We also appreciate the attention that our food banks receive for our popular BackPack programs. There is wide support for this effort to send a backpack of food home with needy children on Fridays to help them eat through the weekend.
What is sadly and strangely missing from that conversation is a discussion of what we are feeding children over the summer, and unfortunately the answer is not much.
Over 671,000 low-income children in North Carolina receive lunch assistance during the school year, but just 98,000 will be able to participate in feeding programs this summer. Research has found that children consume up to 50 percent of their total daily calories at school during the school year. What happens to children whose families don’t have the resources to make up that 50 percent on a summer day?
North Carolina’s Feeding America Food Banks and other charities do their part to try to close the summer hunger gap by operating summer feeding programs throughout our state. But there is currently no way we will be able to reach the 85 percent of kids not being served without greater flexibility in the ways and places we are allowed to reach them.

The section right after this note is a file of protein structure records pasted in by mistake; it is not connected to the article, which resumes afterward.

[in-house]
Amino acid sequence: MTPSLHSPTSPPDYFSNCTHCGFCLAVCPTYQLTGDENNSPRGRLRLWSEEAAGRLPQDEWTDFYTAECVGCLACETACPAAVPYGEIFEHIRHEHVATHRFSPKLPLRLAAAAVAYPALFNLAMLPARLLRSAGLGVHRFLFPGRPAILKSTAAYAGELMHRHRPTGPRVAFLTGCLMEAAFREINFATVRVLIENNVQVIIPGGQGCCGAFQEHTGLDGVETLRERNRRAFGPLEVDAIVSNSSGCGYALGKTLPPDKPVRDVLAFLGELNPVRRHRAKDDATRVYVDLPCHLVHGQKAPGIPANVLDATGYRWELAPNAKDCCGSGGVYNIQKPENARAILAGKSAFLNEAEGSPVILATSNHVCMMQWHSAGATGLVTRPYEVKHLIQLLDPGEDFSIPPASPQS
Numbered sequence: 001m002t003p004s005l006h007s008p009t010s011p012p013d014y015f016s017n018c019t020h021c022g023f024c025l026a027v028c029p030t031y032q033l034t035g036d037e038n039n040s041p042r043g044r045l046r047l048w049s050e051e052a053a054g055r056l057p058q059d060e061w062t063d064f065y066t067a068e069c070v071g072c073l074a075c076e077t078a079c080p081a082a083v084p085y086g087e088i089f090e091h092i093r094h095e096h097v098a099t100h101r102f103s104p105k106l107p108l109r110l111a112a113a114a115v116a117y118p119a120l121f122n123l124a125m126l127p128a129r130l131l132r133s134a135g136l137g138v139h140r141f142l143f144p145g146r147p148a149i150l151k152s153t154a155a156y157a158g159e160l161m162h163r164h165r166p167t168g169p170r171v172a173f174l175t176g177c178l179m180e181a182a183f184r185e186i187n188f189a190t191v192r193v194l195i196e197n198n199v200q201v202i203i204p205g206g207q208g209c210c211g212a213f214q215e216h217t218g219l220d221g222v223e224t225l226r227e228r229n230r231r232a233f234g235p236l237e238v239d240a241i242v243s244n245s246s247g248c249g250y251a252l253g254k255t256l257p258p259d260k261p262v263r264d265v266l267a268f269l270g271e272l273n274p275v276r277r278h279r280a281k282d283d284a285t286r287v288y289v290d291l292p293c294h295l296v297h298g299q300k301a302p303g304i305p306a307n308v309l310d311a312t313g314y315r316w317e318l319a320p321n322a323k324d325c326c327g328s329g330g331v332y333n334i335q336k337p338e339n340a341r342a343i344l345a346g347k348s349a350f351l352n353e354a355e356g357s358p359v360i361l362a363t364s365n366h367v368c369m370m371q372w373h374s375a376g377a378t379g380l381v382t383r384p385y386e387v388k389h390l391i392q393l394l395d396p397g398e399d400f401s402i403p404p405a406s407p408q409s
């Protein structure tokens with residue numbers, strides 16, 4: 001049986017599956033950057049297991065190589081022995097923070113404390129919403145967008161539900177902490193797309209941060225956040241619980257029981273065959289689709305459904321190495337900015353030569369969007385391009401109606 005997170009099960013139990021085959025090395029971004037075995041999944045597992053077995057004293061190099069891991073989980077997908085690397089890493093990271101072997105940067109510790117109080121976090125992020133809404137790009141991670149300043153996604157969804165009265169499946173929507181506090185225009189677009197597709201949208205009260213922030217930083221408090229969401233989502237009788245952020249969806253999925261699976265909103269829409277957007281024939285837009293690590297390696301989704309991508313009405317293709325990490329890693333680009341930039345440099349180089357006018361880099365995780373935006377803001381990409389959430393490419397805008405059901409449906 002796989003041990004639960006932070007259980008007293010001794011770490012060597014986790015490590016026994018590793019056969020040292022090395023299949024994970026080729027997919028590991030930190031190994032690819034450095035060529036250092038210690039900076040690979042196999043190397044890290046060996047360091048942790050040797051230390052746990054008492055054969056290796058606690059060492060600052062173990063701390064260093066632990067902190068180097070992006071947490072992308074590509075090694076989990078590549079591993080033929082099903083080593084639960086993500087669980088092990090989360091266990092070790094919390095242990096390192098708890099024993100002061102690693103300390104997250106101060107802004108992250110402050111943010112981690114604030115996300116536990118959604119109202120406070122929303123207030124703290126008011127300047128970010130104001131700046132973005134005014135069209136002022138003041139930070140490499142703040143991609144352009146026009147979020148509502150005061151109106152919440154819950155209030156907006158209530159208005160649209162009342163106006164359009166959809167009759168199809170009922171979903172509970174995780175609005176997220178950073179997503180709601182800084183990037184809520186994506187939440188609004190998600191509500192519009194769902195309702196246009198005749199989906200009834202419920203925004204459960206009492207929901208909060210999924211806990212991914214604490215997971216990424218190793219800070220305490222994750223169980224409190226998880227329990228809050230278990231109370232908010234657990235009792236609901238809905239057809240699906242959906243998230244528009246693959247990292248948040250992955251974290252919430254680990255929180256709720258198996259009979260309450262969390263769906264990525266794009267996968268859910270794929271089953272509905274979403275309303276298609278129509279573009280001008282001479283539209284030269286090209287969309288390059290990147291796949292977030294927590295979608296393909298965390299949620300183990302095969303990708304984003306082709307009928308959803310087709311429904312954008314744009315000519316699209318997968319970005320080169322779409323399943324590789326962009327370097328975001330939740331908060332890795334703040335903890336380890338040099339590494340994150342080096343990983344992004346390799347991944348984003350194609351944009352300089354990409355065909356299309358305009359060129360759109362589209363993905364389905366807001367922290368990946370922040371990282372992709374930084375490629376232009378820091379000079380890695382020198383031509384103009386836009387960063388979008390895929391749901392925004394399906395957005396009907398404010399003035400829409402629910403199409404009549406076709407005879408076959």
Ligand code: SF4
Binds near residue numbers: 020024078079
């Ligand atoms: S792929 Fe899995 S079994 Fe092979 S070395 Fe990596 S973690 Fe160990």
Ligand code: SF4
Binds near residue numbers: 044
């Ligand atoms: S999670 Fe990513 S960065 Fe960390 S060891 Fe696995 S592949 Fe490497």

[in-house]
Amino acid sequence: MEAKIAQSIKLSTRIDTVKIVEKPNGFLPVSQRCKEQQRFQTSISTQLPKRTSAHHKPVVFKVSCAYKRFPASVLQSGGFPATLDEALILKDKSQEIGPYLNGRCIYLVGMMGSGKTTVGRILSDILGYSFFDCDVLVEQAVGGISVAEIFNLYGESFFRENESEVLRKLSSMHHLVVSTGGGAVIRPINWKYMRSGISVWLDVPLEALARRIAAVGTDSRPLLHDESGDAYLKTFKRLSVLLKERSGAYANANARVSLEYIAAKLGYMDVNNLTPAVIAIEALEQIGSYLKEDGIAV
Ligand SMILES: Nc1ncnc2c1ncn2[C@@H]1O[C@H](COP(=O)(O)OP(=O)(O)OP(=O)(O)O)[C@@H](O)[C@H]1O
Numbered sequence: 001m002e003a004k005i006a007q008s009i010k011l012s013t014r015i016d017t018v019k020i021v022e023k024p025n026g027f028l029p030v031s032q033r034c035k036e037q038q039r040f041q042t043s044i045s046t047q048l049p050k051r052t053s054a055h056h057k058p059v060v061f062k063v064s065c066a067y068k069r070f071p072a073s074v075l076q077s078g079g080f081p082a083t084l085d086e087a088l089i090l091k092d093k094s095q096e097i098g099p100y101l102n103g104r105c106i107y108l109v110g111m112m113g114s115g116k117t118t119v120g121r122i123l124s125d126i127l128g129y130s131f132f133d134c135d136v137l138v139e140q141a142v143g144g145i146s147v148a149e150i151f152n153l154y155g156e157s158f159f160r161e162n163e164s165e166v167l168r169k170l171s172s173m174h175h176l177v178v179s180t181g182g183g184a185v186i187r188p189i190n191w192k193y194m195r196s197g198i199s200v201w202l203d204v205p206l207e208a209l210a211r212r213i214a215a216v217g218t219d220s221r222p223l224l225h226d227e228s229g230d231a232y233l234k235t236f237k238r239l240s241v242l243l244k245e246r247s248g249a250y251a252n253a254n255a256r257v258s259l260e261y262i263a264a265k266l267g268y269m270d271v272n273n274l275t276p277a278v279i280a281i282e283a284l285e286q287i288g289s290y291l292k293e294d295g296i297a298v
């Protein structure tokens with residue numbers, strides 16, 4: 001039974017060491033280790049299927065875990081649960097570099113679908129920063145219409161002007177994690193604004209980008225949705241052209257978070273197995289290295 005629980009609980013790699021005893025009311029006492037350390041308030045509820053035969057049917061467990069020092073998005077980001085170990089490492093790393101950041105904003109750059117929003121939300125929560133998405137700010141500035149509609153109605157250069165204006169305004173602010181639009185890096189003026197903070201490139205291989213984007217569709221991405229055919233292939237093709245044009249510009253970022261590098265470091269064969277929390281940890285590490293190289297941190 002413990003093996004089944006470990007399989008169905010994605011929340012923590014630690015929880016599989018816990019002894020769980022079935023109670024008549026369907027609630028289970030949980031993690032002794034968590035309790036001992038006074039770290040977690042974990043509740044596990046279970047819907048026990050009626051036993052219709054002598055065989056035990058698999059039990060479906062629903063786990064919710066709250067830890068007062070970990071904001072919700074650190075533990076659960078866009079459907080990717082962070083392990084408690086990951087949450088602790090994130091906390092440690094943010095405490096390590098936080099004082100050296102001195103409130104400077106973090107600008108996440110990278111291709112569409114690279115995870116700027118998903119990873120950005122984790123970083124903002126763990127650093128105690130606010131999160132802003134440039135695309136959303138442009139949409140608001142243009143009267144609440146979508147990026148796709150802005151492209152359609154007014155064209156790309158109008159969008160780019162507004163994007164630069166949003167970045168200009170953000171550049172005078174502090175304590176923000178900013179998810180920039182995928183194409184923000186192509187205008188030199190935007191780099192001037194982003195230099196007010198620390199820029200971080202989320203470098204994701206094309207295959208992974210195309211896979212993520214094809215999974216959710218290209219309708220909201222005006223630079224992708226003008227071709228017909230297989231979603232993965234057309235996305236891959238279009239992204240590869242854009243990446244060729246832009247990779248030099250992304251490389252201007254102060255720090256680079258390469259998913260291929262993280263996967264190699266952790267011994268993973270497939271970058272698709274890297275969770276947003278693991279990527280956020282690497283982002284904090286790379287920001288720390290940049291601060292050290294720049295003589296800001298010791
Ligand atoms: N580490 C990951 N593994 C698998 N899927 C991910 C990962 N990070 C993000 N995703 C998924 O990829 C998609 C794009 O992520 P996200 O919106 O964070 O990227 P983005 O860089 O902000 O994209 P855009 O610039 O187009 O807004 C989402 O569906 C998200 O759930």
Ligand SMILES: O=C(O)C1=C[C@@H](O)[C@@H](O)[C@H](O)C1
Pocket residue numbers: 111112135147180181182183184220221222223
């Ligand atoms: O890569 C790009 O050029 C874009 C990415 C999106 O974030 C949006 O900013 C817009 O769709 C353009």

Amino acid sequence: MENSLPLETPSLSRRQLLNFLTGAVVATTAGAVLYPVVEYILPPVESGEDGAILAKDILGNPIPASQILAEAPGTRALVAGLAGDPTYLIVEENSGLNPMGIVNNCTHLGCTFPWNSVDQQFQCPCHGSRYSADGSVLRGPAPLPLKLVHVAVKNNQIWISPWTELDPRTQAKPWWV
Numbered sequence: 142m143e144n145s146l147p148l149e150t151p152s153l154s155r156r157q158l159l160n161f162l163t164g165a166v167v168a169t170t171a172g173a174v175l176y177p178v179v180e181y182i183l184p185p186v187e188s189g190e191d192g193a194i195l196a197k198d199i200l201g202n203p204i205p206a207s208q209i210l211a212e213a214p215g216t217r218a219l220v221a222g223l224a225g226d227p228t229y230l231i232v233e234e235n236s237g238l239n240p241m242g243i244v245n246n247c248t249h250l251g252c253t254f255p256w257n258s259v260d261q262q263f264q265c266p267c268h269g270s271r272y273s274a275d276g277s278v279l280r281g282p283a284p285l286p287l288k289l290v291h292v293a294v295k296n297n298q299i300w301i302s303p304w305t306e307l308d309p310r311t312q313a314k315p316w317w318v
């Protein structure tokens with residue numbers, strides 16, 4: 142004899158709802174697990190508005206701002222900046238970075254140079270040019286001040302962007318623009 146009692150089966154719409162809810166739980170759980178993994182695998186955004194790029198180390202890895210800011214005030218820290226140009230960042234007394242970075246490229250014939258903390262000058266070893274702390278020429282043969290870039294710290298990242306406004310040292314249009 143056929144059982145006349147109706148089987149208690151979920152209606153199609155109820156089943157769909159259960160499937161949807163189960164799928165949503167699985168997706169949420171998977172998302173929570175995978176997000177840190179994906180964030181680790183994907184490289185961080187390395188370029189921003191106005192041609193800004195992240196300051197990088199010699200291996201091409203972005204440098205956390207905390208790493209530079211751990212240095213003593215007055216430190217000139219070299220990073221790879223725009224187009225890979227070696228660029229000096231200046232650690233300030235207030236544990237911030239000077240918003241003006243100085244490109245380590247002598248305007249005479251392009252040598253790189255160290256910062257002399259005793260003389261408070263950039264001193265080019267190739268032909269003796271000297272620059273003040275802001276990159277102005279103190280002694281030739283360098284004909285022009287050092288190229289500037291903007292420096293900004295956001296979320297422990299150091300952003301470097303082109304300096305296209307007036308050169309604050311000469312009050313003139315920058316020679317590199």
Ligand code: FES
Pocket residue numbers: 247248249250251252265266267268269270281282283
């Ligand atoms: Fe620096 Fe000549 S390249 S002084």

Read more here: http://www.newsobserver.com/2014/06/02/3906587/child-nutrition-a-year-round-need.html?sp=/99/108/#storylink=cpy
The Great American Milk Drive is a national campaign by Feeding America to secure highly desired gallons of nutrient-rich milk for millions of hungry families—made possible by the nation’s milk companies and dairy farmers. Feeding America is the nation’s largest domestic hunger-relief organization with a network of more than 200 food banks and 61,000 agencies.